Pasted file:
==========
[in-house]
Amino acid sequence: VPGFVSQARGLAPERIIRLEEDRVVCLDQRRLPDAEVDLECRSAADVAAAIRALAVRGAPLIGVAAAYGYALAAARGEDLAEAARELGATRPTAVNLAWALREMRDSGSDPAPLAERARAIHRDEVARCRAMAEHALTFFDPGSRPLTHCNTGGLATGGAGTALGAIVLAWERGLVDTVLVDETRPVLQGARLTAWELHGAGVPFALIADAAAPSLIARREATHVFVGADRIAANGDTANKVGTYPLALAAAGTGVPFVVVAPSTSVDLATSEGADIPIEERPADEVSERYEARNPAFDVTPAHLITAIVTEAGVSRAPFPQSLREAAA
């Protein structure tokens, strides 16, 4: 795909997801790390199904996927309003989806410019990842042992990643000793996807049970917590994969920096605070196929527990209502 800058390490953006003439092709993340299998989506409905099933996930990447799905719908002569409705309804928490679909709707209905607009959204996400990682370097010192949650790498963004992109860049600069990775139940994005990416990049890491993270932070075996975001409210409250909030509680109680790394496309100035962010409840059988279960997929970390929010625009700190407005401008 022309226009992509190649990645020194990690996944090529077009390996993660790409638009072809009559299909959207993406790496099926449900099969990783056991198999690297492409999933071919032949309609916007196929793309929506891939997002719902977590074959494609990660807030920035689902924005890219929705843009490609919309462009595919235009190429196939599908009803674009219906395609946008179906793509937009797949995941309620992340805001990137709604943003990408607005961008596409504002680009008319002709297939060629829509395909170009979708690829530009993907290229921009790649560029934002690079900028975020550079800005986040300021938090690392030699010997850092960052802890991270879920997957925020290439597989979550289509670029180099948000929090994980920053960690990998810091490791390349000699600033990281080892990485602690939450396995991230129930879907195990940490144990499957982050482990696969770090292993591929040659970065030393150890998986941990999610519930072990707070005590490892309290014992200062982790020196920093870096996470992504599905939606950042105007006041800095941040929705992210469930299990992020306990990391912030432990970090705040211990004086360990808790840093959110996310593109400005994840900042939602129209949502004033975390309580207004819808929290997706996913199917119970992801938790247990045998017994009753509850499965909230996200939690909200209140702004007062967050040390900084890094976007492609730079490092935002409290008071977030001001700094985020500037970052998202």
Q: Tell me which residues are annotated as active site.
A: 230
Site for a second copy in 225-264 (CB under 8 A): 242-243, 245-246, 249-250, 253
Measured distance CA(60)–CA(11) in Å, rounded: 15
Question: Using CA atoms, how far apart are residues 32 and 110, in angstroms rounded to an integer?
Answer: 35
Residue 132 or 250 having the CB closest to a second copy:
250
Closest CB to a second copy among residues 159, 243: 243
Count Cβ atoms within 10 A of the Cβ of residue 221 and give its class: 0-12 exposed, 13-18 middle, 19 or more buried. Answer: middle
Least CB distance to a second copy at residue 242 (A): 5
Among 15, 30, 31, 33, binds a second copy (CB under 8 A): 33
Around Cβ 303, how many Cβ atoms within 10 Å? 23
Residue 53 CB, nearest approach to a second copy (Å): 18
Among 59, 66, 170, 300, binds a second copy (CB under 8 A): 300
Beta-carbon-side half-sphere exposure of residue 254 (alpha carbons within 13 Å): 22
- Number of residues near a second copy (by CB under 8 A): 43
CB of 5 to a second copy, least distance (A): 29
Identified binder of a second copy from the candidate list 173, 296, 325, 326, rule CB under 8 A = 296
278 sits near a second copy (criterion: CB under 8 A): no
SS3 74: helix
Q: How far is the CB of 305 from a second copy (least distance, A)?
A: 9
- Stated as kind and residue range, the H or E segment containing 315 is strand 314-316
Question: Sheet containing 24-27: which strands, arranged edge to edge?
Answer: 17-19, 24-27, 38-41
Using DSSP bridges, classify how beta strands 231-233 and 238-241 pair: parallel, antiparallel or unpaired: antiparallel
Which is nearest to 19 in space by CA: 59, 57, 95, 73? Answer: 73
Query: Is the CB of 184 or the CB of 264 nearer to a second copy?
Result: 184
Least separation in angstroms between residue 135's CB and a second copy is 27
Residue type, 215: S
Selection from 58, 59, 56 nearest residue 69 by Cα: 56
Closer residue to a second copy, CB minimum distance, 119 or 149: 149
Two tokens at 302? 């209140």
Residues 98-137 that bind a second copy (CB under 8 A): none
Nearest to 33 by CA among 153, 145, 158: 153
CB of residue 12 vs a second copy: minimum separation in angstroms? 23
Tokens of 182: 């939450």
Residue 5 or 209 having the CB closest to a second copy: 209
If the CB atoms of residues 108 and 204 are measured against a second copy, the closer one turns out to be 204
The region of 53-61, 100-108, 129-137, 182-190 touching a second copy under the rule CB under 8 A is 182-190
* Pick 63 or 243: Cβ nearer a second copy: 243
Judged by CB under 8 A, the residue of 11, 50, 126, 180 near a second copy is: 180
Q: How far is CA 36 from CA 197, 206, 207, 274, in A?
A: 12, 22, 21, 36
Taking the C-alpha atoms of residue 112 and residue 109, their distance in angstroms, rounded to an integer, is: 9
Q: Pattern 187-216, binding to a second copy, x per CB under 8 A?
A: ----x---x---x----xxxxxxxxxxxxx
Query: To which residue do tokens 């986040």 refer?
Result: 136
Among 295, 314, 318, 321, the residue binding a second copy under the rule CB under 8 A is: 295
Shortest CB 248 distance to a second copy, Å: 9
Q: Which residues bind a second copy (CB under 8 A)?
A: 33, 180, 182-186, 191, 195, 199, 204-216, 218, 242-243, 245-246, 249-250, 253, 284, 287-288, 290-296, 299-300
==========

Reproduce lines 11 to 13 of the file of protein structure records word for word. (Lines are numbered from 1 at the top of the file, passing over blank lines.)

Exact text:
250
Closest CB to a second copy among residues 159, 243: 243
Count Cβ atoms within 10 A of the Cβ of residue 221 and give its class: 0-12 exposed, 13-18 middle, 19 or more buried. Answer: middle